Last week I wrote that the topic of euthanasia was now closed. I should have known better.
Last week we dealt with the activity associated with actually putting the pet to sleep permanently, usually using the method of lethal injection (overdose of an anaesthetic, which works quickly and smoothly).
Continued Last week, I referred to the ‘Frequently Asked Ques-tions (FAQ)’ relative to the actual putting-to-sleep pro-cess.
Continued When pet owners come to the conclusion that it is best for their pets to be put to sleep permanently, very often they want to know how their beloved pets are going to be euthanised and what should they do with the dead body after the procedure.
(Continued) You remember that last week we began looking at quantifiable and measurable criteria that would assist the caring pet owner in making a well-considered decision on the question of putting the beloved pet to sleep.
(Continued from last week) Last week, I advised that you involve your veterinarian in that debate as to whether to put the pet to sleep permanently, or to try to keep it alive as long as possible, in spite of the agony being experienced by all.
Continued When will the owner know that the final curtain must be drawn?
Continued from last week We will continue today analyzing the questionable arguments that develop when a person wants to self-justify reasons for killing his/her pet.
Continued The topic of euthanasia is assuredly accompanied by heartache. Yet it has to be discussed, because sooner or later many pet owners/caregivers have to confront this eventuality.
Continued from last week Physicians who are deeply committed to the Hippocratic Oath must experience great agony when their patients are terminally ill, and they (the doctors) can do nothing treatment-wise to save them.
When the articles on cancers and tumours commenced in May, we had no inkling that so many weeks/ months would be needed to cover the salient topics associated with this ailment.
Conclusion Venereal tumours You may recall that last week a passing reference was made to ‘transmissible canine venereal tumours’ (TCVT) as a vaginal condition which could be mistaken for the proliferation of cells which accompanies another ailment, viz vaginal hyperplasia.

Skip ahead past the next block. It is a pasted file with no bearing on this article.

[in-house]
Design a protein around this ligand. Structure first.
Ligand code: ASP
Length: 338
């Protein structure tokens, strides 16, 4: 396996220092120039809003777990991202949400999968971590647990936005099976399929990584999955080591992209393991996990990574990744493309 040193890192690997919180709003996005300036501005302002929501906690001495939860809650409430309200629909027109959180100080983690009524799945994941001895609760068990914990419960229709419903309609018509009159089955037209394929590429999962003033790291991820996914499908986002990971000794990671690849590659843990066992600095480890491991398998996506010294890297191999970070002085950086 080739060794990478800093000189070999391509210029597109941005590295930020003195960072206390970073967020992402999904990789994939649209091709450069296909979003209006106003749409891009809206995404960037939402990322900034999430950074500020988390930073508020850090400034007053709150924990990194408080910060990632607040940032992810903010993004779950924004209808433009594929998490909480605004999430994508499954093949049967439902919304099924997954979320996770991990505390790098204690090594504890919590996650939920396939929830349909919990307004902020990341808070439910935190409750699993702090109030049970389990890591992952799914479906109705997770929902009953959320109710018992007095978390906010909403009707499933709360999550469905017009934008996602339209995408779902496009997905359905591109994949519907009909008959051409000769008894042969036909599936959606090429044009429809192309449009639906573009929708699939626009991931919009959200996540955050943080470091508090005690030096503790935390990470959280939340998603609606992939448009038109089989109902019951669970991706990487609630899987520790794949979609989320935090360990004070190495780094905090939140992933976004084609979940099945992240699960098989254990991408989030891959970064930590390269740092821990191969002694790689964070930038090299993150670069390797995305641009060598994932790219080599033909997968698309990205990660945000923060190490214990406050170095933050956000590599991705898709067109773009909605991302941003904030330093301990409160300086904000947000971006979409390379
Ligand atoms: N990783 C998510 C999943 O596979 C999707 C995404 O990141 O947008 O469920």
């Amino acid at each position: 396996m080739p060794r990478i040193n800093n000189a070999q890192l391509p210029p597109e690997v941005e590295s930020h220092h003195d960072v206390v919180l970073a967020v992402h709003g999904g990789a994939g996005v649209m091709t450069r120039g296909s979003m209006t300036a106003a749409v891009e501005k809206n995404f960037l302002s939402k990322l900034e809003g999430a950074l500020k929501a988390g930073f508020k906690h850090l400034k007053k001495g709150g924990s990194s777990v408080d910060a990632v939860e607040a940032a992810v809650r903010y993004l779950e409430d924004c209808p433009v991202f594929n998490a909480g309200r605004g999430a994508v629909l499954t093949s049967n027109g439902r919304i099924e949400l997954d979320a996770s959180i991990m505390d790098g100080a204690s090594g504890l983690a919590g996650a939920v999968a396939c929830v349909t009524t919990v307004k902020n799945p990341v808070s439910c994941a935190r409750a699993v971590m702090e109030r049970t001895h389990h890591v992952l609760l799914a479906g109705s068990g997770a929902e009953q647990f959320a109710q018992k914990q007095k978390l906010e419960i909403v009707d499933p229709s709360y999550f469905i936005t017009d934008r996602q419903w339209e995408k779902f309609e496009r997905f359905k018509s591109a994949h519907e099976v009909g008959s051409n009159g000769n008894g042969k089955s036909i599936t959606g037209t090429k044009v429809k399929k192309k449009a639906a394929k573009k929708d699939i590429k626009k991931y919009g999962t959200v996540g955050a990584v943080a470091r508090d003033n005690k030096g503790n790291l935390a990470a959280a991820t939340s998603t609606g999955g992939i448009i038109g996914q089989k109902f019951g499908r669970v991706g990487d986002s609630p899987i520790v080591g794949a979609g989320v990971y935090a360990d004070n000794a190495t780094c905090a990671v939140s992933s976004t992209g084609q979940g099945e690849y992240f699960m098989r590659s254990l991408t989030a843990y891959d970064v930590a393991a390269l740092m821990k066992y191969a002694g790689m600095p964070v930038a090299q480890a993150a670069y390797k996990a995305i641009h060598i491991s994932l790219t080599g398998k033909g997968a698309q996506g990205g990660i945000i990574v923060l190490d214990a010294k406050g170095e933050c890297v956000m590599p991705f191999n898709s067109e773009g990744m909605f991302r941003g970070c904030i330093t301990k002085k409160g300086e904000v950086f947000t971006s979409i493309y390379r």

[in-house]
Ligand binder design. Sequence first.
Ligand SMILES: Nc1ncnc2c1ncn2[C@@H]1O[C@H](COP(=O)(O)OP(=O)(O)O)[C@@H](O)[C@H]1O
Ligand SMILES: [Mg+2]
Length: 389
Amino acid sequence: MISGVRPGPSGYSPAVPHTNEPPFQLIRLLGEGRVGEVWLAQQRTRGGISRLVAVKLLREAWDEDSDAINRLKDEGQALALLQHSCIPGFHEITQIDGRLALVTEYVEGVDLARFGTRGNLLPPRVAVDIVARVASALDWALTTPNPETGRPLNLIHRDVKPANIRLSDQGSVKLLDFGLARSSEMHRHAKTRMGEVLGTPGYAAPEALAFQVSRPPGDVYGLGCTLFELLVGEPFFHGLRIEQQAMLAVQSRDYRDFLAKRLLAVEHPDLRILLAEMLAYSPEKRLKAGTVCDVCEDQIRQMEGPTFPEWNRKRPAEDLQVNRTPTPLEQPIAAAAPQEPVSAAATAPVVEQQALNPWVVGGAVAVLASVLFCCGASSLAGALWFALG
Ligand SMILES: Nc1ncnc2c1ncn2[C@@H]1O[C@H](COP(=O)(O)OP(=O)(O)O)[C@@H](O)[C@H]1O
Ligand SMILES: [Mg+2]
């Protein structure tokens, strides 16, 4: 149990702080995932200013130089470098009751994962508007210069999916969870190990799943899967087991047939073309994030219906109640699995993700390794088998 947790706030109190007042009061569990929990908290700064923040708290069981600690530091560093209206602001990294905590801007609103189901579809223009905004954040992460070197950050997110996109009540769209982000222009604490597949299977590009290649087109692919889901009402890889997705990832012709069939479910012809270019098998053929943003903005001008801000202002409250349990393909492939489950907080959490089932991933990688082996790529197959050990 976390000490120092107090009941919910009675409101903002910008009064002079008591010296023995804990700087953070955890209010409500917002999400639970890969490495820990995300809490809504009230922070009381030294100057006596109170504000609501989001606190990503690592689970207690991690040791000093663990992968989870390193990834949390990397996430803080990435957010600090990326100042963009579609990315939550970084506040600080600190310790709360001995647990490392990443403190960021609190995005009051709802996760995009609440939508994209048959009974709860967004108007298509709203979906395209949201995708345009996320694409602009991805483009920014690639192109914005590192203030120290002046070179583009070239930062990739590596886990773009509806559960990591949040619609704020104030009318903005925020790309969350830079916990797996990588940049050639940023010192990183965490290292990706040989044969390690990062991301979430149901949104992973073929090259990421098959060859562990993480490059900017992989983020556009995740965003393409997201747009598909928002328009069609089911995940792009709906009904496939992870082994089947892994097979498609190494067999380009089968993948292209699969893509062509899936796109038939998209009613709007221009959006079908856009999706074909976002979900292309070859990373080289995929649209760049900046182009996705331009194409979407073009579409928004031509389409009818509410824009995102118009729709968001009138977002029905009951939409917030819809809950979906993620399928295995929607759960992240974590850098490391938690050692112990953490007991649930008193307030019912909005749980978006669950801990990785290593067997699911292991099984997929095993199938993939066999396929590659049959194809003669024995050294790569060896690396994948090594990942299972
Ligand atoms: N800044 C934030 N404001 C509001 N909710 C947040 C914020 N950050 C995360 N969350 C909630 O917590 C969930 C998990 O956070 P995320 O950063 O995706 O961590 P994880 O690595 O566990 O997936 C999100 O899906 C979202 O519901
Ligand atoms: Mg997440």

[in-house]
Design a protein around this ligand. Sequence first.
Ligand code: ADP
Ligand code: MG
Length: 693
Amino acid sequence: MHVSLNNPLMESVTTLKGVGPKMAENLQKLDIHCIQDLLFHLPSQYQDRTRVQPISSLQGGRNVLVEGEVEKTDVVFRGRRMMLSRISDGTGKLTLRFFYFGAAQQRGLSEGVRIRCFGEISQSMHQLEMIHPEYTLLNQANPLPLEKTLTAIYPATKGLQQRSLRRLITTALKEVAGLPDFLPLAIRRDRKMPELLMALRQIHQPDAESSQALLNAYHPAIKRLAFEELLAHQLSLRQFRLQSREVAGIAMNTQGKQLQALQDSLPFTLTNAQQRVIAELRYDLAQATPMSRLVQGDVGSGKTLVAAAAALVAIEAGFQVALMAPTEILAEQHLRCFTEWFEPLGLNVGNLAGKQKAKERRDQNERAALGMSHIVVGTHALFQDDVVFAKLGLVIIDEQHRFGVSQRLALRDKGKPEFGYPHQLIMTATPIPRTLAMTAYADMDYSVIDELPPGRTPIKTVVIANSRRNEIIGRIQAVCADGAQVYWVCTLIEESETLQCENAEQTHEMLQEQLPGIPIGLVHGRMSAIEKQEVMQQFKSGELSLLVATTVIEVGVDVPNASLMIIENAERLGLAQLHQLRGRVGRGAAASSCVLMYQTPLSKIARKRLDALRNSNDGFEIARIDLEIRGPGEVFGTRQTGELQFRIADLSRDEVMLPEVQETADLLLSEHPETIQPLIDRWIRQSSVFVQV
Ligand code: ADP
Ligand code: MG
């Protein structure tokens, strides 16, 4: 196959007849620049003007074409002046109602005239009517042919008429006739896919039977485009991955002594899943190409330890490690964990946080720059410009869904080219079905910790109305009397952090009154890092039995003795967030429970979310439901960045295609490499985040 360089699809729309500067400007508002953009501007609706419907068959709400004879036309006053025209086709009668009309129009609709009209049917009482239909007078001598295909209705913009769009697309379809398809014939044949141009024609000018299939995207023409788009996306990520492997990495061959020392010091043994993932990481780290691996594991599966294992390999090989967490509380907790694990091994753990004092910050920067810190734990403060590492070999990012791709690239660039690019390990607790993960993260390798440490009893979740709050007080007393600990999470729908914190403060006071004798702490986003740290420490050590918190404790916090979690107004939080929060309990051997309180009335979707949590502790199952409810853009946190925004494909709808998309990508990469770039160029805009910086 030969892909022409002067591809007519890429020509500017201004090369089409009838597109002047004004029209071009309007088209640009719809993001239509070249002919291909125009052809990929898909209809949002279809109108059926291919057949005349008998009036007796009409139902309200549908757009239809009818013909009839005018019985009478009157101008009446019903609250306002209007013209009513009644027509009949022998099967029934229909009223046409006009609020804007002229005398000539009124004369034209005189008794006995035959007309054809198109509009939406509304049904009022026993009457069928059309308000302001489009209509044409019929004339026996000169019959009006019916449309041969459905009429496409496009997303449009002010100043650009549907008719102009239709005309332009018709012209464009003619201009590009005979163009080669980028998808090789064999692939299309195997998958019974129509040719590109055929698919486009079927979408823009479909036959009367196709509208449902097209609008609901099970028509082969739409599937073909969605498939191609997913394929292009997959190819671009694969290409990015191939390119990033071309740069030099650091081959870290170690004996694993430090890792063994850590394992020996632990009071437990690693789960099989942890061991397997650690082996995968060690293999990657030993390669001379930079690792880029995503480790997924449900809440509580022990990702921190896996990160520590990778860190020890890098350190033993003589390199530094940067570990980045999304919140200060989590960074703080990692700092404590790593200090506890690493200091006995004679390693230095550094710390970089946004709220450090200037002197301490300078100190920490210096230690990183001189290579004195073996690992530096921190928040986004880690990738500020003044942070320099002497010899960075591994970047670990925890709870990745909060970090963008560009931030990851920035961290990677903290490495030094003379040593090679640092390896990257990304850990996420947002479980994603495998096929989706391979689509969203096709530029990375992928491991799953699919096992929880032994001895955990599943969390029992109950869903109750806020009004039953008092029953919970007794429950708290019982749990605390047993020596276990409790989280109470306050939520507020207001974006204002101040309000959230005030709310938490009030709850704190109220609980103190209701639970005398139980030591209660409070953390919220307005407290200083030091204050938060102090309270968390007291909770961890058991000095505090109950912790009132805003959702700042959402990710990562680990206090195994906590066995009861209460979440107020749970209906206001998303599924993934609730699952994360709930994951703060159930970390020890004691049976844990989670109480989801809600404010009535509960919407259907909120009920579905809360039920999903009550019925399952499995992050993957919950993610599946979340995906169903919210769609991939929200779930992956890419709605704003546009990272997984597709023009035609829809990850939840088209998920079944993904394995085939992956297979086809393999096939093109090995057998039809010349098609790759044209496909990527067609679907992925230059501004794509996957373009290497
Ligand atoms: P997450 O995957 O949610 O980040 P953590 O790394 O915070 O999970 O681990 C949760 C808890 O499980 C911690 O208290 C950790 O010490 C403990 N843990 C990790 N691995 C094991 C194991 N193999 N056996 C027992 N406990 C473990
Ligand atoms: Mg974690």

(Continued from last week) Vaginal tumours Today and next week, we’ll address two types of tumours affecting the canine vagina, which are similar, yet distinct, relative to their origins/causes and the way they exhibit themselves.
Continued from last week In last week’s column, in my haste to conclude the painful and distressing topic of tumours/cancers, I omitted mentioning two of the most frequent ailments in our tumour/cancer discussions, namely those associated with the vagina and the breast.
Continued from last week Well, we are coming close to the end of this thematic – tumours and cancers.
Continued from last week We have already established that there are several types of skin cancer which can affect dogs/cats.
Ear (aural) haematomas These are fluid filled swellings of the ear flap (Pinna).
Continued from last week Haematomas/Seromas I had promised last week (and the week before) to deal with ear haematomas.
Last week, after discussing the benign haemangiomas (HAS), I promised to continue with haematomas – all within the context of the surface tumours theme.
Haemangiomas Haemangiomas of the skin and soft tissues are benign proliferations (growths) that closely resemble blood vessels.
Continued from last week As was promised last week, we will deal with a condition known as ‘Hygroma’ or, as some scientists refer to it, a ‘False bursa’ or ‘bursitis.’ Before we commence with the Hygroma/bursitis, I should mention a condition that is closely related to and possibly a precursor of the Hygroma problem.
So as not to throw one’s self in a state of panic, one must always remember that a tumour is just swelling and not necessarily a cancer.
I have never had so many telephone calls and letters about a subject since this column was started so long ago.